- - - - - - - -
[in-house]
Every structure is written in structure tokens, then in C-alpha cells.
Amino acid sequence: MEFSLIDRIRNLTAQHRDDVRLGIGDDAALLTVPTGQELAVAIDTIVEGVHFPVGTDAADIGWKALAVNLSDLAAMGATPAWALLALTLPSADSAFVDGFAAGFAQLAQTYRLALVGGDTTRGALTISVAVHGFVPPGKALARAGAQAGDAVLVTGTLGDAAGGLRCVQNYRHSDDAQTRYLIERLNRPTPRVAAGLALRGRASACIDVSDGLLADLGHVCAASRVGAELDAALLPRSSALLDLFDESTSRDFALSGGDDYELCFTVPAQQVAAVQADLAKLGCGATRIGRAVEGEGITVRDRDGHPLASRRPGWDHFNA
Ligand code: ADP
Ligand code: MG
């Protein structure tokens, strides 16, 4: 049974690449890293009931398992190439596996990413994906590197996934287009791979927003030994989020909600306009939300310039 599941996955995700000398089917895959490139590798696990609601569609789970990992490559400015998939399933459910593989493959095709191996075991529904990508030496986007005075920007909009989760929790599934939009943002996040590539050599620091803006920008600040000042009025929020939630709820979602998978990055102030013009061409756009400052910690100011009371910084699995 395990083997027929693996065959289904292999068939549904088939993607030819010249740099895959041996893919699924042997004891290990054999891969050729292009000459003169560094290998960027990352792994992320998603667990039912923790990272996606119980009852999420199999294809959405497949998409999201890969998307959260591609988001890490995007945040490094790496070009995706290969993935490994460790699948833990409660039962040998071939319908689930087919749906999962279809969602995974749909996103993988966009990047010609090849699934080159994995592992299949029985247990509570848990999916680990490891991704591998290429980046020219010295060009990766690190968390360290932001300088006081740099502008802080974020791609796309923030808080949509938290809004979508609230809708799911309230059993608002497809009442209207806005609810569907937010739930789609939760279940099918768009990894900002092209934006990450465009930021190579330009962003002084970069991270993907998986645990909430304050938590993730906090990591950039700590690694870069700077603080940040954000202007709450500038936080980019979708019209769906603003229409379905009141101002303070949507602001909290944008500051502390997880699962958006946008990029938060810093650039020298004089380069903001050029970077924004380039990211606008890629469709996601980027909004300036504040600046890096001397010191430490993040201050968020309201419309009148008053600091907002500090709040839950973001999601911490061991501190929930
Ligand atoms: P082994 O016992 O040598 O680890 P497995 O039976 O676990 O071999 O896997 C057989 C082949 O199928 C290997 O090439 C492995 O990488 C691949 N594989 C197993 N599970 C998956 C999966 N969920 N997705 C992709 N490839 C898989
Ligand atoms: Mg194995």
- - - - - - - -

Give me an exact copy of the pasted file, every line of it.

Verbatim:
[in-house]
Every structure is written in structure tokens, then in C-alpha cells.
Amino acid sequence: MEFSLIDRIRNLTAQHRDDVRLGIGDDAALLTVPTGQELAVAIDTIVEGVHFPVGTDAADIGWKALAVNLSDLAAMGATPAWALLALTLPSADSAFVDGFAAGFAQLAQTYRLALVGGDTTRGALTISVAVHGFVPPGKALARAGAQAGDAVLVTGTLGDAAGGLRCVQNYRHSDDAQTRYLIERLNRPTPRVAAGLALRGRASACIDVSDGLLADLGHVCAASRVGAELDAALLPRSSALLDLFDESTSRDFALSGGDDYELCFTVPAQQVAAVQADLAKLGCGATRIGRAVEGEGITVRDRDGHPLASRRPGWDHFNA
Ligand code: ADP
Ligand code: MG
């Protein structure tokens, strides 16, 4: 049974690449890293009931398992190439596996990413994906590197996934287009791979927003030994989020909600306009939300310039 599941996955995700000398089917895959490139590798696990609601569609789970990992490559400015998939399933459910593989493959095709191996075991529904990508030496986007005075920007909009989760929790599934939009943002996040590539050599620091803006920008600040000042009025929020939630709820979602998978990055102030013009061409756009400052910690100011009371910084699995 395990083997027929693996065959289904292999068939549904088939993607030819010249740099895959041996893919699924042997004891290990054999891969050729292009000459003169560094290998960027990352792994992320998603667990039912923790990272996606119980009852999420199999294809959405497949998409999201890969998307959260591609988001890490995007945040490094790496070009995706290969993935490994460790699948833990409660039962040998071939319908689930087919749906999962279809969602995974749909996103993988966009990047010609090849699934080159994995592992299949029985247990509570848990999916680990490891991704591998290429980046020219010295060009990766690190968390360290932001300088006081740099502008802080974020791609796309923030808080949509938290809004979508609230809708799911309230059993608002497809009442209207806005609810569907937010739930789609939760279940099918768009990894900002092209934006990450465009930021190579330009962003002084970069991270993907998986645990909430304050938590993730906090990591950039700590690694870069700077603080940040954000202007709450500038936080980019979708019209769906603003229409379905009141101002303070949507602001909290944008500051502390997880699962958006946008990029938060810093650039020298004089380069903001050029970077924004380039990211606008890629469709996601980027909004300036504040600046890096001397010191430490993040201050968020309201419309009148008053600091907002500090709040839950973001999601911490061991501190929930
Ligand atoms: P082994 O016992 O040598 O680890 P497995 O039976 O676990 O071999 O896997 C057989 C082949 O199928 C290997 O090439 C492995 O990488 C691949 N594989 C197993 N599970 C998956 C999966 N969920 N997705 C992709 N490839 C898989
Ligand atoms: Mg194995």